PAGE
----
About the History of Val Thorens
Over the centuries Val Thorens and the surrounding areas have been farmed and mined in much the same fashion as most of the Alps. There is evidence of human settlements from as early as 2000BC and remnants have been found from Iron Age communities. Over the years there is evidence that the valleys became quite densely populated and were sufficient to support a growing population of pastoral farmers. However, with the 20th century came two great wars and the population was depleted. Of those that came back from battlefields across Europe, many of them left Val Thorens to find work in the bigger cities of Moûtiers and Savoy, that were benefitting from the activity generated by the hydroelectric works and the steel industry.
At the start of the 1960’s Val Thorens was still mainly agricultural, but its potential as a resort had been noted; plans were put in place to develop it along with Val Chavière into a large winter resort. However, the plans for the development of Val Chavière encroached upon the land of the Vanoise National Park, which vetoed the project as part of their policy against urbanisation of protected natural areas.
In 1967 the lower resort of Les Menuires was built; it was constructed rapidly in the now outmoded architectural style of the 1960’s. It has long been thought of as the ‘ugly’ part of the region, but recent investments are trying to rectify that and give it a more up-market image. Les Menuires was the first location to be turned into a ski resort by virtue of the easy access by road; in 1969 that road was extended up to Val Thorens enabling the development plans to be put into action.
The 1970’s were when Val Thorens really started to take shape as a ski resort; in 1971 the first 3 draglifts were built and the following year Jean Berenger, a former coach of the French women’s ski team, set up the first ski school, the Club des Sports and the Tourist Office. His importance in the history of the area is marked by a piste named in his honour.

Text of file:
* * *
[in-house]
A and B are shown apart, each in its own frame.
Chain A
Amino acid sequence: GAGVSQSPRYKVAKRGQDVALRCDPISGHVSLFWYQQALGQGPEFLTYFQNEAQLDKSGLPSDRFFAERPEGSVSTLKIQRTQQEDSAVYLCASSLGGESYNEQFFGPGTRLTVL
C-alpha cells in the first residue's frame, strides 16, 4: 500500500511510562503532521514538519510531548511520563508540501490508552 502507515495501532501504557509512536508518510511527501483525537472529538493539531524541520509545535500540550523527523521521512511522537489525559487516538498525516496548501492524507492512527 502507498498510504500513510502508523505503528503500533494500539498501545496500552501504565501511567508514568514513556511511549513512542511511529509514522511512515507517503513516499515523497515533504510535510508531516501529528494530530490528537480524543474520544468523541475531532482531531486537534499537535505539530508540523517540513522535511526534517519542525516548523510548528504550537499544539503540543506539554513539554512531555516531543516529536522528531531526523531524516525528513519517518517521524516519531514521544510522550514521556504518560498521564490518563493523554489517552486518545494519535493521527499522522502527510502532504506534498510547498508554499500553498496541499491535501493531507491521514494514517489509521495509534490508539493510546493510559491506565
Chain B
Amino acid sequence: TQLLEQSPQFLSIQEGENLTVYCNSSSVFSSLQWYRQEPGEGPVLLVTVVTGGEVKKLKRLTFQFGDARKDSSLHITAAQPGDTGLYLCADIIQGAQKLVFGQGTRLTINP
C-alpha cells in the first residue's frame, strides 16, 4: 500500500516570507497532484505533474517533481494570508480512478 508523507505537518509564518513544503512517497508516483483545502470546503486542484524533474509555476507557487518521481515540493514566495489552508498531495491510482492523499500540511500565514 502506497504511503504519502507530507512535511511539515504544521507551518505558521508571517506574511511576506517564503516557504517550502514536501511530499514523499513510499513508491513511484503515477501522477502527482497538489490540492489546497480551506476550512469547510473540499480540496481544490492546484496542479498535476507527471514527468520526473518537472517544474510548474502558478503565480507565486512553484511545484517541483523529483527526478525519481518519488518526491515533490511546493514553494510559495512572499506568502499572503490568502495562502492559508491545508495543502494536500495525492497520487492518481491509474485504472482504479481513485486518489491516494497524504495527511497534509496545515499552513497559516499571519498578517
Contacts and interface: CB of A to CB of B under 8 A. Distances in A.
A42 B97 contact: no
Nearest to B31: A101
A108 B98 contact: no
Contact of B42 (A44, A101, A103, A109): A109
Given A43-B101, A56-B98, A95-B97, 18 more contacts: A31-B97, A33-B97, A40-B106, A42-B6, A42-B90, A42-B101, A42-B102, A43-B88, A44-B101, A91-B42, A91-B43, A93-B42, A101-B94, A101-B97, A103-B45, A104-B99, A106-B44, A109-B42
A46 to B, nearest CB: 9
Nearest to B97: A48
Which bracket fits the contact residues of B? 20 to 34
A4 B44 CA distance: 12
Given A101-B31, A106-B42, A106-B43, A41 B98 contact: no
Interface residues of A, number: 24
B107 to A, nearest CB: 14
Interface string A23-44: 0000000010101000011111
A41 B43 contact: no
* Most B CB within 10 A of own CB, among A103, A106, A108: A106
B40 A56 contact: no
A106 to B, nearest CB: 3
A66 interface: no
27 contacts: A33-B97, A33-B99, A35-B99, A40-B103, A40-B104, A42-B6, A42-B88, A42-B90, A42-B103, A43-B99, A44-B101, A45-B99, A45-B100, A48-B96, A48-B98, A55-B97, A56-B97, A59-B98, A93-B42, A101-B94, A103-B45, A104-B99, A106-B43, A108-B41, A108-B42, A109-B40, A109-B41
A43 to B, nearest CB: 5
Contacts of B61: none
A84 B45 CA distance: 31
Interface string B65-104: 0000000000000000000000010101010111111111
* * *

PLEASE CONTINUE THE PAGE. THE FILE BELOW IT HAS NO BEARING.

Between 1972 and 1973 the Péclet glacier and north slopes were equipped with several lifts, opening up glacier skiing and a wider ski domain.
Throughout the 70’s and 80’s more draglifts and chairlifts were installed, making the ski area ever bigger and better linked. The Cime de Caron cable car was completed in 1982, then the largest cable car in the world.
By the 1980’s it became apparent that the first buildings constructed in the early 70’s were not going to visually stand the test of time. A project of renovation transformed the resort; outmoded buildings were replaced by traditional style chalets and ugly concrete facades were clad in local wood and stone. From this point on all new developments must conform to stricter aesthetic guidelines more in keeping with the traditional style of the area.
The development of St Martin de Belleville into a ski resort did not happen until the early 1980’s and so, happily, the lessons that had been learnt in Val Thorens were applied. Traditional architecture was maintained and new buildings were designed in keeping with the style of the area. This remains one of the more picturesque parts of the region.
Throughout the 1990’s the lift company SETAM ploughed much investment into improving the comfort, waiting time and links of the lift system – making Val Thorens one of the most modern and efficient resorts in Europe.
These days Val Thorens is a pleasant attractive resort with a lively night life, good restaurants and plenty to do both on and off the mountain. Heritage tours of the area can be organised through the Tourist Office and the back streets of St Martin are well worth a wander to get a feel of the original ‘old town’. In the summer a hike along some of the high mountain walking trails will lead you past old refuges and farm buildings from years gone by. The resort is now linked to the rest of the Three Valleys and the neighbouring domains of Courchevel and Méribel are easily accessible via the fast and efficient lift system.